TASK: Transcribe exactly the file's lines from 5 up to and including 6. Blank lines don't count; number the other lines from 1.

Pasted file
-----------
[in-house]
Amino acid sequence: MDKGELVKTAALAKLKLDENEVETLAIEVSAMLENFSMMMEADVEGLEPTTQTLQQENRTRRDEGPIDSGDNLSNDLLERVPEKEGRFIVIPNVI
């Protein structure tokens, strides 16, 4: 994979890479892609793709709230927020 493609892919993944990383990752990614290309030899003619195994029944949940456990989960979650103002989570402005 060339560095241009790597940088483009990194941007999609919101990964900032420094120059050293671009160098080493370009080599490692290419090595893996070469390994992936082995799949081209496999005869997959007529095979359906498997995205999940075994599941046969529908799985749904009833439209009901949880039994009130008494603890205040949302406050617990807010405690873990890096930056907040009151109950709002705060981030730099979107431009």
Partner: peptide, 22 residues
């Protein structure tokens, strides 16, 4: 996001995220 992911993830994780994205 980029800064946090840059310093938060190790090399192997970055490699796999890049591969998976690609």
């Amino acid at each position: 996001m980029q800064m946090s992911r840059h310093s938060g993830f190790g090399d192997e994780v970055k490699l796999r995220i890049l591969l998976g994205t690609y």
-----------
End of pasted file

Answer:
């Protein structure tokens, strides 16, 4: 996001995220 992911993830994780994205 980029800064946090840059310093938060190790090399192997970055490699796999890049591969998976690609």
């Amino acid at each position: 996001m980029q800064m946090s992911r840059h310093s938060g993830f190790g090399d192997e994780v970055k490699l796999r995220i890049l591969l998976g994205t690609y």